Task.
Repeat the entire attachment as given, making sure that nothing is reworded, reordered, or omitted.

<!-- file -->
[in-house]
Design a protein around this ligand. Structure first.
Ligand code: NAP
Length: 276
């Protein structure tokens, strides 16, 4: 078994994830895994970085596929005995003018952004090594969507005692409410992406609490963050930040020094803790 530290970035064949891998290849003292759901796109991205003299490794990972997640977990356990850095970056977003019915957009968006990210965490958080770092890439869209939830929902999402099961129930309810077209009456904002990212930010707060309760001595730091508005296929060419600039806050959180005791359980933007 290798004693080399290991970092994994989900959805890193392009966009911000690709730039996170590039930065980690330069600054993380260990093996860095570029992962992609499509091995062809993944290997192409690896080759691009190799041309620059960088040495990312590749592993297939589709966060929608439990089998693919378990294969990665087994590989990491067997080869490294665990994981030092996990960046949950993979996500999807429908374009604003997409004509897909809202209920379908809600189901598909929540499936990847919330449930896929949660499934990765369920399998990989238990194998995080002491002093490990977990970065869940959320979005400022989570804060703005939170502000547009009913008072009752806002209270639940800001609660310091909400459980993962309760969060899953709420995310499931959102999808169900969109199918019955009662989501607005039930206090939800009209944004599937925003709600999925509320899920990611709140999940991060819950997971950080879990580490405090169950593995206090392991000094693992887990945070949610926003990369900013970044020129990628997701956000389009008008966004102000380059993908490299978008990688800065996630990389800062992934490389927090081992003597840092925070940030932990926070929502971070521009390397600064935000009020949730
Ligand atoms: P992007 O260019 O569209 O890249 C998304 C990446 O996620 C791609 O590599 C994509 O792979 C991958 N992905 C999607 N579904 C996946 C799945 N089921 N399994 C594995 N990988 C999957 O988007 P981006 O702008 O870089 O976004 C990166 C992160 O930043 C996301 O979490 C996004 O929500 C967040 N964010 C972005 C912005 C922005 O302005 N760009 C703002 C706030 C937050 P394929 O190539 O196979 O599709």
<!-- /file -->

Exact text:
[in-house]
Design a protein around this ligand. Structure first.
Ligand code: NAP
Length: 276
């Protein structure tokens, strides 16, 4: 078994994830895994970085596929005995003018952004090594969507005692409410992406609490963050930040020094803790 530290970035064949891998290849003292759901796109991205003299490794990972997640977990356990850095970056977003019915957009968006990210965490958080770092890439869209939830929902999402099961129930309810077209009456904002990212930010707060309760001595730091508005296929060419600039806050959180005791359980933007 290798004693080399290991970092994994989900959805890193392009966009911000690709730039996170590039930065980690330069600054993380260990093996860095570029992962992609499509091995062809993944290997192409690896080759691009190799041309620059960088040495990312590749592993297939589709966060929608439990089998693919378990294969990665087994590989990491067997080869490294665990994981030092996990960046949950993979996500999807429908374009604003997409004509897909809202209920379908809600189901598909929540499936990847919330449930896929949660499934990765369920399998990989238990194998995080002491002093490990977990970065869940959320979005400022989570804060703005939170502000547009009913008072009752806002209270639940800001609660310091909400459980993962309760969060899953709420995310499931959102999808169900969109199918019955009662989501607005039930206090939800009209944004599937925003709600999925509320899920990611709140999940991060819950997971950080879990580490405090169950593995206090392991000094693992887990945070949610926003990369900013970044020129990628997701956000389009008008966004102000380059993908490299978008990688800065996630990389800062992934490389927090081992003597840092925070940030932990926070929502971070521009390397600064935000009020949730
Ligand atoms: P992007 O260019 O569209 O890249 C998304 C990446 O996620 C791609 O590599 C994509 O792979 C991958 N992905 C999607 N579904 C996946 C799945 N089921 N399994 C594995 N990988 C999957 O988007 P981006 O702008 O870089 O976004 C990166 C992160 O930043 C996301 O979490 C996004 O929500 C967040 N964010 C972005 C912005 C922005 O302005 N760009 C703002 C706030 C937050 P394929 O190539 O196979 O599709």